Dial, case and movement signed.
DIAM. 40 mm. THICKNESS 17 mm. Approx. overall length 175 mm.
Philippe Jeantot Born in 1952 in Madagascar, he started his career working for Comex as a deep diver. He was
part of the lucky group of 6 men that were chosen for the Janus IV world record dive. The Seadwellers worn by
the team were used during all phases of the training and the actual dives to -460m and finally to -501m. After
retiring, his new career guided him to sailing where he participated and won the first BOC challenge which was a
solo round the world boat race with stages. Not only did he win all four stages but also broke the previously held
record in 159 days and 2 hours. He then went on to organize and create the famed Vendee Globe race which
was the non-stop version round the world race. Never having been offered on the market before, and having
already sold 2 of the other watches that participated in the experiment (from Jacques Verpeaux and Patrick
Raude), this is the 3rd out of the 6 ever made and the only one to have gone down to 501 meters and having
completed on his wrist a round the world solo yacht race.
Janus IV The Janus IV Operation, organized by Comex, comprised two phases. The experimental phase,
took place in December 1976, in Comex's Hyperbare experimental center in Marseille. Comex divers Jacques
Verpeaux, Patrick Raude, Louis Schneider, Philippe Jeantot, Vito Lentini, and John Mac Kenna, as well as two
divers from the French Marines, Emile Sevellec and Gérard Vial, took part in tests and exercises inside a sphere
fi lled with water. The pressures they experienced were equivalent to those at 430 to 480 meters. Patrick Raude
remembers that after the first tests, all 6 members of the team were given a watch to test during Phase 2. After
successfully completing their task, the watches were returned to Rolex were they were engraved and given back
to each of them as a token for their incredible record.
The practical phase of the operation was carried out in the Mediterranean, off the coast of Cavalaire in France.
The divers were Jacques Verpeaux, Patrick Raude, Louis Schneider, Philippe Jeantot, Emile Sevellec and Gérard
Vial. The saturation chambers that they were to live in for the entire operation were slowly pressurized to the
pressure experienced at below 430 meters of sea water. Then their vessel, the Petrel, made its way toward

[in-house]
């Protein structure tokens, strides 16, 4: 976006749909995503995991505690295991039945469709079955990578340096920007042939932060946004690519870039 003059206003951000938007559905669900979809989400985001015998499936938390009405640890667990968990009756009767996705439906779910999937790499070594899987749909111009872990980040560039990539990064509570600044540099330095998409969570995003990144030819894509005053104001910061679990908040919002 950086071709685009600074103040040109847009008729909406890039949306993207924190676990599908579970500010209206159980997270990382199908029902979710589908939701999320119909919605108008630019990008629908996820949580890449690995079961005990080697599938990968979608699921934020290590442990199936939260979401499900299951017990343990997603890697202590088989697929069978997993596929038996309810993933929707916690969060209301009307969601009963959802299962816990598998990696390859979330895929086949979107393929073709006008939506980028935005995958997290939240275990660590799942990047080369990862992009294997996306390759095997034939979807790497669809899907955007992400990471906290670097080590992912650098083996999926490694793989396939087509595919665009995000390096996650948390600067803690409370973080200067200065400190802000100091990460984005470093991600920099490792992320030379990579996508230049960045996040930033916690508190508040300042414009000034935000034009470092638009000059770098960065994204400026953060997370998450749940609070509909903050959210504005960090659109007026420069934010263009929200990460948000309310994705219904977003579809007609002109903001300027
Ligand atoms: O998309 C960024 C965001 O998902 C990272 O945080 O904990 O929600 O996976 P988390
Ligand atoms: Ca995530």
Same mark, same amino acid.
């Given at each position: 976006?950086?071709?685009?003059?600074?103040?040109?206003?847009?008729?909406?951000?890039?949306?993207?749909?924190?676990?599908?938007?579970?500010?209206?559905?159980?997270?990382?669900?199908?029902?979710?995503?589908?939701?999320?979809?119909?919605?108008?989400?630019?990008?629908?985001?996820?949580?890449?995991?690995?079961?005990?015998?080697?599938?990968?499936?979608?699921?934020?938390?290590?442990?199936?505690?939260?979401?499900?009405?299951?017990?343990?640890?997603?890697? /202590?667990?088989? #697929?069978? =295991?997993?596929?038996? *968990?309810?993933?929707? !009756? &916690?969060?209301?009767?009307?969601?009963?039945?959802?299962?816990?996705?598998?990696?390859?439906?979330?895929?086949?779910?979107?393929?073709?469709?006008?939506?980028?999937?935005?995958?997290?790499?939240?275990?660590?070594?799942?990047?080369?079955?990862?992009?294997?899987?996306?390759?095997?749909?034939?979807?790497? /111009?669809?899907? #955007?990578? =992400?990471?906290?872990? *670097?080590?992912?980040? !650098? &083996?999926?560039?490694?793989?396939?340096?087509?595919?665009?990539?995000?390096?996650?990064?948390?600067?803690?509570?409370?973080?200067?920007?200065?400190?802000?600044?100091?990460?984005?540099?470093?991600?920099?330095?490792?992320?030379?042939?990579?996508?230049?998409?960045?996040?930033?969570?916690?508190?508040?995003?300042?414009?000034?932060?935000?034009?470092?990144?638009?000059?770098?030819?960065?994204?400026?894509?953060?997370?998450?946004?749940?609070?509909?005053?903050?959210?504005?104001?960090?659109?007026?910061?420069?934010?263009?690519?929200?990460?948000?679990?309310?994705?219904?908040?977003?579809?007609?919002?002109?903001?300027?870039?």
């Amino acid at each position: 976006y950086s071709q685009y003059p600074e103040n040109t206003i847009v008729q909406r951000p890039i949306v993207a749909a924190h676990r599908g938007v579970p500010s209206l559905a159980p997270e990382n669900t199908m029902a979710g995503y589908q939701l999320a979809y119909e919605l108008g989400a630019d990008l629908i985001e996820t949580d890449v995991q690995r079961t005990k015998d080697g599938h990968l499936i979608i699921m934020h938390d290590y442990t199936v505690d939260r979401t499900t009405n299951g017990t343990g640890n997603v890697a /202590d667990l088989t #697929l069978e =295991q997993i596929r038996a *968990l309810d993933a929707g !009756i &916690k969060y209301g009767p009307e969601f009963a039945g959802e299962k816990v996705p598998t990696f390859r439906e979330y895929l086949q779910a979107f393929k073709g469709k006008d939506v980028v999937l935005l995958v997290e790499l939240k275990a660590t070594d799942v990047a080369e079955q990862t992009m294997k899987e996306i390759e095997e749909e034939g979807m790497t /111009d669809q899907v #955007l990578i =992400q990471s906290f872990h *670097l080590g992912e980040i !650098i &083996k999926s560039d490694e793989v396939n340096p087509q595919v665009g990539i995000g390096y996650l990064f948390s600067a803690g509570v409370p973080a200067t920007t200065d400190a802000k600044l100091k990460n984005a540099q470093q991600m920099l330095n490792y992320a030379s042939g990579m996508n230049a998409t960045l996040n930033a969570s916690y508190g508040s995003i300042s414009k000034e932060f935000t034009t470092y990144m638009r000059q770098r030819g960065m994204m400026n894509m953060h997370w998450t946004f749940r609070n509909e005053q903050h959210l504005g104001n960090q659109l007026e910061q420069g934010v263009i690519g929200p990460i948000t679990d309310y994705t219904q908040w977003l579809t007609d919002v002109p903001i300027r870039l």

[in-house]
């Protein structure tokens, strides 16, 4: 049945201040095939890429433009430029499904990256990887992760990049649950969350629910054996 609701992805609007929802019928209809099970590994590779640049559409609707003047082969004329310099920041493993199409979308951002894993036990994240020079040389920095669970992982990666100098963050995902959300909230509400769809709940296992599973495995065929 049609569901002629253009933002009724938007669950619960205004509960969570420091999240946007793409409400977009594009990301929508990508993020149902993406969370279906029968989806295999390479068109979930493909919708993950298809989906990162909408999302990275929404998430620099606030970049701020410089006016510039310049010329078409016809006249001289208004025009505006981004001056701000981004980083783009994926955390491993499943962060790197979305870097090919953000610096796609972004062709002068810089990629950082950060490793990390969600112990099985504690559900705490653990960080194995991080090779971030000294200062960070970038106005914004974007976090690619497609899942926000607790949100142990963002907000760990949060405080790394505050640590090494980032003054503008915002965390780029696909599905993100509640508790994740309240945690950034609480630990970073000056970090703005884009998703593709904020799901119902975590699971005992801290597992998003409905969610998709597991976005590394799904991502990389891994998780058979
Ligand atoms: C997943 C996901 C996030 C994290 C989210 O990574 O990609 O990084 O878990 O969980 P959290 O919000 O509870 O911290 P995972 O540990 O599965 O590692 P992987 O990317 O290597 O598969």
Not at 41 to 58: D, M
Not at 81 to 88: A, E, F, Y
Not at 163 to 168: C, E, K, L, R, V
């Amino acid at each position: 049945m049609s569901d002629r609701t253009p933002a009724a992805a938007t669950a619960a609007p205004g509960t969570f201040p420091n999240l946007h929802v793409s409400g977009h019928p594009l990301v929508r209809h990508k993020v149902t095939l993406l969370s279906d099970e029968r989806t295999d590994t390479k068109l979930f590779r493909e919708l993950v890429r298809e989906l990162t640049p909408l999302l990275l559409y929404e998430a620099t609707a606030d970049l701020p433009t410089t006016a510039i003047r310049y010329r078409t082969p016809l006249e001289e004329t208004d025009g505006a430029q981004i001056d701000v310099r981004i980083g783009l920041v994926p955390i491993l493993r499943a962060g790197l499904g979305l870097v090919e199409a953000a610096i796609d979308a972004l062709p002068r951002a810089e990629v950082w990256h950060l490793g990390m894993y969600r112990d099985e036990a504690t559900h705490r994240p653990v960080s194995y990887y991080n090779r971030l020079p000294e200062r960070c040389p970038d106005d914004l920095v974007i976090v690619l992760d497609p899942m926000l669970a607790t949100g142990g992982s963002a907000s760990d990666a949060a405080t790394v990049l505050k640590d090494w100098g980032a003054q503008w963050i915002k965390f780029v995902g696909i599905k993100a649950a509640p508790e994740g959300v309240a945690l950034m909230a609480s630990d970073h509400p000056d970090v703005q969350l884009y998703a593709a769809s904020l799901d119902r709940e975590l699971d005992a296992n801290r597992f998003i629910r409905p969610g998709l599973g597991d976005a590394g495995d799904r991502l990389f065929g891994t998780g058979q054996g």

the site of the operation. The first diving team was made up of Patrick Raude, Jacques Verpeaux and Gérard
Vial. Jacques Verpeaux was the first to dive, going down to 460 meters in the open sea. Gérard Vial followed,
then they were brought back up and the second team went down. Over the next three days, several successful
dives down to 460 meters were made, during which the divers installed a mechanical and hydraulic subma-rine
pipeline, carrying out tests of underwater soldering procedures. On the evening of October 19, 1977, as the
divers were resting in their chamber, Mr. Henri Germain Delauze, director of Comex, told them over the loud-
speaker how pleased Comex was with the results. He further announced that Comex's scientific committee had
decided to attempt a descent to the never-before attained DEPTH of 500 meters. He asked the six divers if they
agreed to try, and all volunteered to do so. Jacques Verpeaux made his dive, and the registers on the surface
indicated he had reached a DEPTH of -501 meters, an exploit never before accomplished. A record had been
beaten, and all the sirens of the Petrel and the accompanying boats went off in celebration. Verpeaux smiled for
the cameras, then took up a plastic slate and wrote "Janus IV, 500 meters, 1647 feet". Ten days later, the divers
were acclaimed by an overjoyed crowd. The Janus IV Operation was the last diving test made in the open seas
using Trimix Helium, which was principally made up of helium, with oxygen and a tiny percentage of nitrogen. It
helped determine the limits of human intervention in diving technology.